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Strava gets in-app messaging to help you bypass WhatsApp Leave a comment


Strava is taking one big step closer to becoming a true social network, as the fitness-tracking platform introduces in-app messaging to let users send private one-to-one and group messages.

The new messaging feature, which is available to both free and premium subscribers, goes some way toward unifying everything in a single app, so budding athletes can coordinate activities without having to context-switch between Strava and third-party messaging apps like WhatsApp.

Through the little speech bubble icon at the top-right of the app, users can initiate a chat with anyone in their network, or start a new group which can be customized with its own name.

Strava: In-app messaging Image Credits: Strava

Social club

For millions, Strava has become the de facto activity tracking platform for recording and analyzing rides, runs, rows, and dozens more activities. But over its 14-year history, the platform has morphed into something more akin to a social network, allowing users to find and share routes; interact with groups; post photos; comment on friends’ activities; and give kudos.

In many respects, Strava could be described as a “Facebook for fitness.” But the actual “social” features have always been limited — typically, the extent of a social interaction on Strava would be commenting on a friend’s activity, or giving them a “thumb’s up” (kudos). Things get a little more functional in Strava events and clubs, which are basically private groups with permitted members who can chat on discussion boards and receive notifications for new messages.

But before now, friends using Strava would typically have to take their discussions “off platform” to organize logistics for a weekend bike ride, or to share information that they don’t want to be in the public domain. With messaging built-in, Strava hopes to change that.

“Our community will now be able to coordinate adventures, connect for inspiration and tips and share their journey — all on one platform,” Strava’s chief business officer Zipporah Allen told TechCrunch.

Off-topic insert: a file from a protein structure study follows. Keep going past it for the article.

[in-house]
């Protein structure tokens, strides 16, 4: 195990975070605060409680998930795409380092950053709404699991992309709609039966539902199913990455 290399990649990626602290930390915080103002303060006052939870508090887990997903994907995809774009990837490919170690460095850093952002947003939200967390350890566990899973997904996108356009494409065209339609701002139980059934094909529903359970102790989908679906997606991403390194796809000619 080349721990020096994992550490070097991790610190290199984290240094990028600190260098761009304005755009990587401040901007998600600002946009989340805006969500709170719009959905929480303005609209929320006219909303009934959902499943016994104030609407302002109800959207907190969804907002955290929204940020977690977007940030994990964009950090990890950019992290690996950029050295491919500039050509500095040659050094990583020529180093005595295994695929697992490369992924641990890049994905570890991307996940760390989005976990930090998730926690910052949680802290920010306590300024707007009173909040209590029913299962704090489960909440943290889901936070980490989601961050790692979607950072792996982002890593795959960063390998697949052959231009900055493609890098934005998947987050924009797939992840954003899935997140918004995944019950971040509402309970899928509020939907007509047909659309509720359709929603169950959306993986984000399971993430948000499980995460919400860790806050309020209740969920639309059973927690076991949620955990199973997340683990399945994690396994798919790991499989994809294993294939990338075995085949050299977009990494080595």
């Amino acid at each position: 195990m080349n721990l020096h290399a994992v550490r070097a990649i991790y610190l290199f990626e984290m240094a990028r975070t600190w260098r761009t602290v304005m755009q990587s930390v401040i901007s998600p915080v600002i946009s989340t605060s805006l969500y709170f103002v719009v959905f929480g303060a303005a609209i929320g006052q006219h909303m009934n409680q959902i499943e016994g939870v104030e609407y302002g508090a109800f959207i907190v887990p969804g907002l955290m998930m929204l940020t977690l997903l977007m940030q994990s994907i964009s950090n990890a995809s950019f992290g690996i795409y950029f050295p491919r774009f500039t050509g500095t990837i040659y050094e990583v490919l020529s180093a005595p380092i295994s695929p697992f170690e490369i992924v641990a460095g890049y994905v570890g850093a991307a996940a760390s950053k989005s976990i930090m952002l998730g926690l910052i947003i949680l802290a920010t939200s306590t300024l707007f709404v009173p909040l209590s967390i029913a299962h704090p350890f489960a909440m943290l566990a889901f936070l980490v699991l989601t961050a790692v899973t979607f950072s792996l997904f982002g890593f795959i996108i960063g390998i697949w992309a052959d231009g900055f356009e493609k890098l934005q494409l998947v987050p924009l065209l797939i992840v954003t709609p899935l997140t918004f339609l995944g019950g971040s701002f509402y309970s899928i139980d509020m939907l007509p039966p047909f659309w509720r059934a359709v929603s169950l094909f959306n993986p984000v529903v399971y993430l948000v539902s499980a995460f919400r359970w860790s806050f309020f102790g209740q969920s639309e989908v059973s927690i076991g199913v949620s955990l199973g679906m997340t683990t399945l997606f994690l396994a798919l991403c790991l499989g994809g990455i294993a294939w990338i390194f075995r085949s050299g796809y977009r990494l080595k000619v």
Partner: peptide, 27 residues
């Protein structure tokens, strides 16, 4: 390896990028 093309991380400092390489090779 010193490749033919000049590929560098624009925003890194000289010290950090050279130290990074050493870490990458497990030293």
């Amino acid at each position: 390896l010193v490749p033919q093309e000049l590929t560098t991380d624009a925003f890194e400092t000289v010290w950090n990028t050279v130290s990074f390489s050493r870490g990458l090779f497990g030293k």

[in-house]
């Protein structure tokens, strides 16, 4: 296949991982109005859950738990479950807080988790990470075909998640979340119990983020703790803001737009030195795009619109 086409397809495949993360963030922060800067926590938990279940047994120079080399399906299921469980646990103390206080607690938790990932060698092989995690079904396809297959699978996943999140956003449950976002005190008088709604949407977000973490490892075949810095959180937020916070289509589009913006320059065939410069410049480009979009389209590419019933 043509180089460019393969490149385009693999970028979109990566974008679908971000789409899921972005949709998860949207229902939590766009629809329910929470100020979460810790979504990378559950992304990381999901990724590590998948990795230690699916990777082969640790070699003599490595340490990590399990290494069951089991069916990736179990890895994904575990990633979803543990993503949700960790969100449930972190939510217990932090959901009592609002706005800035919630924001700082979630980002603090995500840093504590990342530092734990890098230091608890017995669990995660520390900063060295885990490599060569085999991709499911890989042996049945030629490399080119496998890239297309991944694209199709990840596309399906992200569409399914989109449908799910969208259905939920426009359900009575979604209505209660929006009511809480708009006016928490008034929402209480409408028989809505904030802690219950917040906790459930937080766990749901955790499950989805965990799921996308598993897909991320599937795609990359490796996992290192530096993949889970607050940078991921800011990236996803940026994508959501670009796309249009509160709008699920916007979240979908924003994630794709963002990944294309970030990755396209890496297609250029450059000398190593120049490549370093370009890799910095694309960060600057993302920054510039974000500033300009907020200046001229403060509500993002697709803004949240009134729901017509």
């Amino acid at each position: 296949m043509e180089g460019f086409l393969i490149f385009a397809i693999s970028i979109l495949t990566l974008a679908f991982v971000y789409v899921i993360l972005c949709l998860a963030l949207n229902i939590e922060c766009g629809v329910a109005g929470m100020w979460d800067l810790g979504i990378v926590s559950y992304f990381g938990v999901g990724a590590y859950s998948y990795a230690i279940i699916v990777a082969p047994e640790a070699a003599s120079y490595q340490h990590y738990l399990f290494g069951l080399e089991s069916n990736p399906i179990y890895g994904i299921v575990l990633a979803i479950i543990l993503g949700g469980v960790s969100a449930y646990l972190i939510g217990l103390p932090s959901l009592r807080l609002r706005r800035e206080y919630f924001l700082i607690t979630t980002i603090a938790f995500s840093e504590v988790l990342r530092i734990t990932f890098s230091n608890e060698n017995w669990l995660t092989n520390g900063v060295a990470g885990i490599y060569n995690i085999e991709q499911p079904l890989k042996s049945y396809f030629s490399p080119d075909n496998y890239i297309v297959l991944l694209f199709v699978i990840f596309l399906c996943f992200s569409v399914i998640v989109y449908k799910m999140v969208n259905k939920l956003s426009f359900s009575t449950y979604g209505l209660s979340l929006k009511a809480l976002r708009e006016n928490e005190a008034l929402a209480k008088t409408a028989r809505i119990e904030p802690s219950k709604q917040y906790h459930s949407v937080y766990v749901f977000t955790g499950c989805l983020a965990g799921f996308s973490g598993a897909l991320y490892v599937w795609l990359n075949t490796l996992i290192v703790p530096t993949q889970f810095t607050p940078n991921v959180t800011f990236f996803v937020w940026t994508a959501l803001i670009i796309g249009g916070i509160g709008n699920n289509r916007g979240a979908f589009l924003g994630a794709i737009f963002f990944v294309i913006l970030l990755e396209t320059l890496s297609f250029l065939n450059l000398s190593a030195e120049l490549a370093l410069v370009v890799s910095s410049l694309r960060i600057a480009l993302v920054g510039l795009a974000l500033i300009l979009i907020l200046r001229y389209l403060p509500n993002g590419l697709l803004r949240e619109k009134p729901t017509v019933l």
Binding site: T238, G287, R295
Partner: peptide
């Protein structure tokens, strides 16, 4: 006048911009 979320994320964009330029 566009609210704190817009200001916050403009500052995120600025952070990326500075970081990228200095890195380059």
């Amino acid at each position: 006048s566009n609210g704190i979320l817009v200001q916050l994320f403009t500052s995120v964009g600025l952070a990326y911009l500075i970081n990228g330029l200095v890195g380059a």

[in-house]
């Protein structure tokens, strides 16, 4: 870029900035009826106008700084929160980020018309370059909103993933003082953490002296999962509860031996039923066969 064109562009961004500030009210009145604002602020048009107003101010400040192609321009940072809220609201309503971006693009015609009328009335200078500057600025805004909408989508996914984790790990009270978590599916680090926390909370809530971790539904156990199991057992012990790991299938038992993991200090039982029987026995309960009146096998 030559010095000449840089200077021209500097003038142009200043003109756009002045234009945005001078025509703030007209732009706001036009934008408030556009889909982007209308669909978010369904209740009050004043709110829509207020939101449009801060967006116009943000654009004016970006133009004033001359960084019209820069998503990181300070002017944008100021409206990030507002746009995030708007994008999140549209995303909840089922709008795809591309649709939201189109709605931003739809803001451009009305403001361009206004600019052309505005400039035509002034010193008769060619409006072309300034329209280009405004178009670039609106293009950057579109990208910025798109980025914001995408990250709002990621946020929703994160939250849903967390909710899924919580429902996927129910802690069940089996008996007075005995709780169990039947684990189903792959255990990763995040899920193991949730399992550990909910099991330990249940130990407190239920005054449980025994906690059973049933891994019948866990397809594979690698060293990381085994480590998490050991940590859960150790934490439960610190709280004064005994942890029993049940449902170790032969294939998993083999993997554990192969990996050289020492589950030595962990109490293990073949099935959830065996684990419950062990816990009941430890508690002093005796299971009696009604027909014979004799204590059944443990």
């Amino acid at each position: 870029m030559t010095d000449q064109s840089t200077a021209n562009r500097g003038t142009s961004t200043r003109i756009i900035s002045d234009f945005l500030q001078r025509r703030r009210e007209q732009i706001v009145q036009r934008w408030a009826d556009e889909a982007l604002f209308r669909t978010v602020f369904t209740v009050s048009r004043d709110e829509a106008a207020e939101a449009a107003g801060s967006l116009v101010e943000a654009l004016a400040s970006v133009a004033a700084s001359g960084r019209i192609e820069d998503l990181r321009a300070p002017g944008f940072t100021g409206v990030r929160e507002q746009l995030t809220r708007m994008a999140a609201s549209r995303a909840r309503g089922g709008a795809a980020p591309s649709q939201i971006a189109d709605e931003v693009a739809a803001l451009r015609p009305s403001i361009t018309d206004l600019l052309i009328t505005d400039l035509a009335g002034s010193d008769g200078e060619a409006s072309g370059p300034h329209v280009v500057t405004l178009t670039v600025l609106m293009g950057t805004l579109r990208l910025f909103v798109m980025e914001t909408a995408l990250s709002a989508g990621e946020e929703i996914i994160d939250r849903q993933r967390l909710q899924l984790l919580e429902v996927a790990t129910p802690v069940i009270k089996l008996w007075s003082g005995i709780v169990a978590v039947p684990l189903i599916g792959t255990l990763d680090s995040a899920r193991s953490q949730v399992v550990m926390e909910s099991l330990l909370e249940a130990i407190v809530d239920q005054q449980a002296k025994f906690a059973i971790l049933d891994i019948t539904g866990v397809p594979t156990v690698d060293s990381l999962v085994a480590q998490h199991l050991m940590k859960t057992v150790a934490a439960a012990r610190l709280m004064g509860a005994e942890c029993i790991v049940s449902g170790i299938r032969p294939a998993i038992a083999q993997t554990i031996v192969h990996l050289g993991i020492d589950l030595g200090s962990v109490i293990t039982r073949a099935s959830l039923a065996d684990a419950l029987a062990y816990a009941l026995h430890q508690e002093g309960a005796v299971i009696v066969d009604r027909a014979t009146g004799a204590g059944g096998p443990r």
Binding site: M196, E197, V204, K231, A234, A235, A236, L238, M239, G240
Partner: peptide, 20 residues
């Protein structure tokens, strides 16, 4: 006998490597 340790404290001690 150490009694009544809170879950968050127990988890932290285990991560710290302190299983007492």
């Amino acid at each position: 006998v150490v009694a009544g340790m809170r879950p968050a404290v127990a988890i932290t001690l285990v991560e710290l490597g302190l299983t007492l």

Strava has a button that links directly to the user’s saved routes, while it also serves a content preview of the route directly in the message, building on functionality the company rolled out last month. And individual activities will also now have a sharing option, so users can share that 5km run to a private or group chat directly from the share button attached to that activity.

Strava: Share activity in a message

Share an activity Image Credits: Paul Sawers / TechCrunch

Users can set their own preferences in terms  who can message them or invite them to a group chat — this defaults to whatever their profile visibility is. For example, if their profile page is limited to “followers,” then Strava will limit the messaging feature to “mutuals,” which means only users who follow each other can message each other.

However, this can be adjusted in the settings, making it possible for a user to keep the profile visibility setting as it is, but allow “following,” “mutuals,” or “no one” to message them.

Messaging: Settings

Messaging: Settings Image Credits: Paul Sawers / TechCrunch


In-app messaging was one of Strava’s most requested features and has been marked as “under consideration” for some time — some have even taken to starting a petition to get Strava to build the feature.

It’s perhaps surprising that Strava has taken this long to bring messaging to the fray, but its decision to do so now is indicative of where it’s at as a business. Strava has raised north of $150 million in venture capital funding since its inception 14 years ago, and those backers will need to see some return on their investment at some point — so the clock is ticking for Strava to identify some sort of exit route, be that an IPO or an acquisition.